Let There Be HOPE!
Barack Obama, the first African-American man to ever be a nationally chosen nominee for President of these United States stood outside the Mecklenburg County Courthouse in Charlotte, North Carolina, speaking to us of hope, of change, of stepping across divides and around our differences in order to secure our future and strengthen our standing in the world. Yes "us" - I was there!
Regardless of your political persuasion, and I know there is a very wide spectrum of political convictions among those who read my random rants, and regardless of the outcome of this election, this man has changed the political landscape of this country forever. I am grateful for his courage, his strength, his hope, his dream, and the will of the millions of people who have helped make this possible for him and for our nation.
This is the clearest zoomed in shot I took. I think he was looking directly at me in this one. Don't you?
This is my view without the zoom. I guess it's unlikely that he actually spotted me in the crowd. But a girl can dream, can't she???!!!
Yes, I heard Barack Obama speak here in my hometown, a city where, during my lifetime, blacks and whites were not permitted to eat in the same restaurants, share water fountains, ride in the same section of public transportation, or sleep in the same hotels. During my childhood, my own family, my parents, siblings, and I, suffered under the injustice of racism in this state many times as we traveled to Mount Olive, the town where my mother grew up. I cannot imagine how difficult it was for my mother, her eleven siblings, and her sharecropper parents to endure the horrors of Jim Crow laws in the early half of the last century. My father wasn't exempt; he grew up in rural South Carolina during and after the Great Depression.
These times, they are a'changin. Glory be!
The Charlotte Observer reported that twenty thousand of us gathered to catch a glimpse of the man we hope will be our next President. In the crowd were men, women, blacks, whites, gay people, straight people, families with infants in their arms, teenagers, college students traveling in packs wearing matching tee shirts, older couples in what I assume were their church clothes, and thousands who were not so easily identifiable or categorized. Contrary to what the two dozen protesters and sign bearers across the street seemed to think, some of us were followers of the same God they promised will surely send us all to hell! Gasp!!! Gulp!!!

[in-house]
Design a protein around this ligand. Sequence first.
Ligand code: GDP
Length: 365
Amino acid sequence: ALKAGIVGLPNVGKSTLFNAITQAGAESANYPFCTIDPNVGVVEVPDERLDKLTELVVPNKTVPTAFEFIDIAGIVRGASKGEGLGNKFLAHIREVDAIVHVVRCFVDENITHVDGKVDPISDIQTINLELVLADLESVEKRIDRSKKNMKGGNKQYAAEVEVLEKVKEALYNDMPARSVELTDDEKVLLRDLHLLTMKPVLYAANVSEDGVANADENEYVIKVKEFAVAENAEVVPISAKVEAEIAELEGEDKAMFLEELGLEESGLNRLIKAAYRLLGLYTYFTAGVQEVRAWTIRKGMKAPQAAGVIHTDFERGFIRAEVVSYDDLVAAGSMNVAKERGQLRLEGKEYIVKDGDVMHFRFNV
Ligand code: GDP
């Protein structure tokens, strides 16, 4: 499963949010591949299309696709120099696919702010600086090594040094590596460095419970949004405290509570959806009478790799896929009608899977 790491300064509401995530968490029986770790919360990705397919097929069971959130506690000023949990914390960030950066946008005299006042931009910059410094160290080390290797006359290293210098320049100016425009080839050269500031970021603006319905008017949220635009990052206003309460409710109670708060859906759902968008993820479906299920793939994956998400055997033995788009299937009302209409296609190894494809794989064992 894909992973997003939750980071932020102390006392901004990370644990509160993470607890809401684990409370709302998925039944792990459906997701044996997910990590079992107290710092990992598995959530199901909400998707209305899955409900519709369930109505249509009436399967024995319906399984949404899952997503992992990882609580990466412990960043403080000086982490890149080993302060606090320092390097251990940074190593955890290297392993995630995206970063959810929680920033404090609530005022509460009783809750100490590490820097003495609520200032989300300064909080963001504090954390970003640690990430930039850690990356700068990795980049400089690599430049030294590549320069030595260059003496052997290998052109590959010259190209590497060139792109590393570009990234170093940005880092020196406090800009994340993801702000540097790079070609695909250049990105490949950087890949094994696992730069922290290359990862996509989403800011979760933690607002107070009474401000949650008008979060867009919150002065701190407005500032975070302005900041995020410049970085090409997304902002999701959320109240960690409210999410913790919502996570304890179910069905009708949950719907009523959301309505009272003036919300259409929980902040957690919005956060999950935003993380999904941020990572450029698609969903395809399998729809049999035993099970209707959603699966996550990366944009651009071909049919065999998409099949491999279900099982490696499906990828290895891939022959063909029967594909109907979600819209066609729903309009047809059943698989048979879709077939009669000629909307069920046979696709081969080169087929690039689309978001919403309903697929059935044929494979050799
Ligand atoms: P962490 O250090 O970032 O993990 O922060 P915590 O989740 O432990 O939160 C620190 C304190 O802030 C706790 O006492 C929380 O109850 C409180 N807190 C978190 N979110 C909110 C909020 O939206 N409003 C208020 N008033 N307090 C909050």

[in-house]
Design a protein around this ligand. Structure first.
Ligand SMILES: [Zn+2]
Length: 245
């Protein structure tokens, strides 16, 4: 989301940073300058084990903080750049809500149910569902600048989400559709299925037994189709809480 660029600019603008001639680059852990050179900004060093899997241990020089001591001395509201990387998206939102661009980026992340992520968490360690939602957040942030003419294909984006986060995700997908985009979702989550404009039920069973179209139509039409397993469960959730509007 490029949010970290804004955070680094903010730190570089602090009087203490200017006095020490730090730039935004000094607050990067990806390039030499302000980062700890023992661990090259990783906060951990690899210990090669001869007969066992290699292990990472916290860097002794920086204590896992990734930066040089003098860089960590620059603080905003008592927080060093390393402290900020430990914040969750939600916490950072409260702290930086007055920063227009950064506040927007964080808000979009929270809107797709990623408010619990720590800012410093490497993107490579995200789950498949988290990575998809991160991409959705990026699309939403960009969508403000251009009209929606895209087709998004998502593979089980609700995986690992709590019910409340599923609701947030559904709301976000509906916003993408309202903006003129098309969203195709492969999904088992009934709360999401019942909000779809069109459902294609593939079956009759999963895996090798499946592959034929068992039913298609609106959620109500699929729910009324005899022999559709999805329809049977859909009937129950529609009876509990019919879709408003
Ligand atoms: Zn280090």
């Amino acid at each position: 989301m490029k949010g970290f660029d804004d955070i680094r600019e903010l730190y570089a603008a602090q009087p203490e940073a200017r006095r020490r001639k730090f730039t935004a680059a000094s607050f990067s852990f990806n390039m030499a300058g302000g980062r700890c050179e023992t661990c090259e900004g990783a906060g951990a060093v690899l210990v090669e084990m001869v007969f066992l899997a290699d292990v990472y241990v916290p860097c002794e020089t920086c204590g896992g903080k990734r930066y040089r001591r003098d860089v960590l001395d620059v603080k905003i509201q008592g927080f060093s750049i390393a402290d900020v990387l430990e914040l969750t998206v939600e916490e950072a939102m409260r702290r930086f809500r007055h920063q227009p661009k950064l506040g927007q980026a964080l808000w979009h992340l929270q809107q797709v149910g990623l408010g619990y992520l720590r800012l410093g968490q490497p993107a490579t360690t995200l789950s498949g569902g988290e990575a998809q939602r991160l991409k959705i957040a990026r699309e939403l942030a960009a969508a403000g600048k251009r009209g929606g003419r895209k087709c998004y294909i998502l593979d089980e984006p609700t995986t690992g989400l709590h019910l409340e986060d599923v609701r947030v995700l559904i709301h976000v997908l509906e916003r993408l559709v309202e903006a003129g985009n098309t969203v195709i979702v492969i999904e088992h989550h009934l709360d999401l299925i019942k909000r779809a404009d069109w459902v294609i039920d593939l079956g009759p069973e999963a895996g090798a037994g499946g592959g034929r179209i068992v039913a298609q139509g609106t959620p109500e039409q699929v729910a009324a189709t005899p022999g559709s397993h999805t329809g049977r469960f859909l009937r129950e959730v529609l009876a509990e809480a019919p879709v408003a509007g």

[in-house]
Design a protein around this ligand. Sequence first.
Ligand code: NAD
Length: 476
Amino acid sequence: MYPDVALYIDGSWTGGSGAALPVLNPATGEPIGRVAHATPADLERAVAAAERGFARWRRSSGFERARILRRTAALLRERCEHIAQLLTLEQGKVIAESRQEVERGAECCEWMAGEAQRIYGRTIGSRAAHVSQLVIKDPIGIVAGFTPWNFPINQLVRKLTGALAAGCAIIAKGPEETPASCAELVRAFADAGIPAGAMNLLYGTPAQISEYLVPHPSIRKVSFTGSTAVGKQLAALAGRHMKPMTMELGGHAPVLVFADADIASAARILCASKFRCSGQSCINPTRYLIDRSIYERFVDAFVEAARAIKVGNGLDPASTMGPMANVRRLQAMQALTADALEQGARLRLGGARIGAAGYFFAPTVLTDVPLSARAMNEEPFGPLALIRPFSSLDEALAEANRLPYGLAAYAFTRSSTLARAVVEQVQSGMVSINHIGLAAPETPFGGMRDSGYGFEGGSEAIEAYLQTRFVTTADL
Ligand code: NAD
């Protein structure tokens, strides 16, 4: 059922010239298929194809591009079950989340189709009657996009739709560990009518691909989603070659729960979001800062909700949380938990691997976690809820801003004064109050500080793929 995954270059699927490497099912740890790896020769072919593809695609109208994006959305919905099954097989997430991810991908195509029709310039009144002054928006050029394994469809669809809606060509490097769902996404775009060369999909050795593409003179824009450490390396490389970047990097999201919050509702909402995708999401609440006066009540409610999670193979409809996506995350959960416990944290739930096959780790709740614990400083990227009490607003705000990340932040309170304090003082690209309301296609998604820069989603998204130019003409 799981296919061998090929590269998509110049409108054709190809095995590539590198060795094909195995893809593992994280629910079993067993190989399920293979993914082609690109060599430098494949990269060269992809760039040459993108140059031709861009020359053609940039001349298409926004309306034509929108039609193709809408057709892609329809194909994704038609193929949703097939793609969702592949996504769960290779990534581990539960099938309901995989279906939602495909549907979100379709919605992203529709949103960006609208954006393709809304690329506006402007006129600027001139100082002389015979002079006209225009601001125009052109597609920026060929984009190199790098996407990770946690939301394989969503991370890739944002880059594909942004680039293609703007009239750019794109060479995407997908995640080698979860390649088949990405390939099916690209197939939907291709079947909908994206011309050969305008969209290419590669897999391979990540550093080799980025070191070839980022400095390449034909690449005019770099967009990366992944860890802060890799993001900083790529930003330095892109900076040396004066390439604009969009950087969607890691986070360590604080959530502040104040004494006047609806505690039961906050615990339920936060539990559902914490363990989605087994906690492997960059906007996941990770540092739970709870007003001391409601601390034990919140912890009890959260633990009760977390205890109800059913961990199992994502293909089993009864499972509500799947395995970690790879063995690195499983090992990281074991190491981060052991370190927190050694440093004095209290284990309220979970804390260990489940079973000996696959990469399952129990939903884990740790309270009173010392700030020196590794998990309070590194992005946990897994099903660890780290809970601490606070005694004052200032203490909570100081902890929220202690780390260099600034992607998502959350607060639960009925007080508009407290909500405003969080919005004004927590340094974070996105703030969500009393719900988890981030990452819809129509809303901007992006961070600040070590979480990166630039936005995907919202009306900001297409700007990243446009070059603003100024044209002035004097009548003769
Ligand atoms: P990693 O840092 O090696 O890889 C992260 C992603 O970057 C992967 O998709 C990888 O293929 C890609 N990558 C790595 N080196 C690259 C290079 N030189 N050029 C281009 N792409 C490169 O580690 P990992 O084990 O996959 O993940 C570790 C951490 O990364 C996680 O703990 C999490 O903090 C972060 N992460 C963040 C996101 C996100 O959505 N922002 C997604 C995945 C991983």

On second thought, maybe it's not the same God...
but that's fodder for a-whole-nother conversation.
Barack is the one in the white shirt on the right side of this picture. I took as many photos as I could that would reflect the size and diversity of the crowd.
One friend of mine said it so well on Friday morning. This isn't verbatim, but it's what I remember: "During campaigns, politicians promise all kinds of things that they know they won't be able to deliver. Once they are elected, they keep precious few of their promises. I don't expect that Barack will be any different than any President before him in that regard, but even if he keeps 20% of the promises he is making, if he is able to move us beyond politics as usual, then we will be so much better off as a country."
A woman in her 70's standing in line behind us as we waited to pass through security yesterday said, "I am the oldest person in this part of the line, so I will say this. I have voted many times in my life, and this is the first time in many years that I have been excited about the person I am voting for." The bumper sticker she held up proudly said, "Rednecks for Obama." One of the campaign volunteers who walked past said, "Okay... We will take all the support we can get." We all laughed.
As I stood there, mostly on my tippy toes, watching, listening, cheering, waving the American flag I was handed, clapping, and marveling at the wonder of that moment, tears came to my eyes. I told myself over and over, "Live this, G. Breathe this. Listen closely. Watch carefully. And pray for this nation of ours at this crossroads in our history. You are here. Be here now." Every few minutes I would close my eyes, listen, feel the moment as deeply as possible, and then I would look up to the sky, and say, "Thank you, Lord."
I underestimated the excitement I would feel at being there, where he was, listening to him share his dream with us, live and in person, even though I was nearly one hundred yards away from him. I underestimated the hope that I would feel simply because I was there among thousands of others who have this same dream.
Speaking of dreams that sometimes come true - I am not a tee shirt wearer myself, except for when I am exercising or going to sleep. But I saw one for sale yesterday that I almost bought. It had an image of Dr. Martin Luther King Jr on the bottom right side and an image of Barack Obama on the top left side.
Above Barack's head were the words, "The Dream."
Below Dr. King's face, "The Dreamer."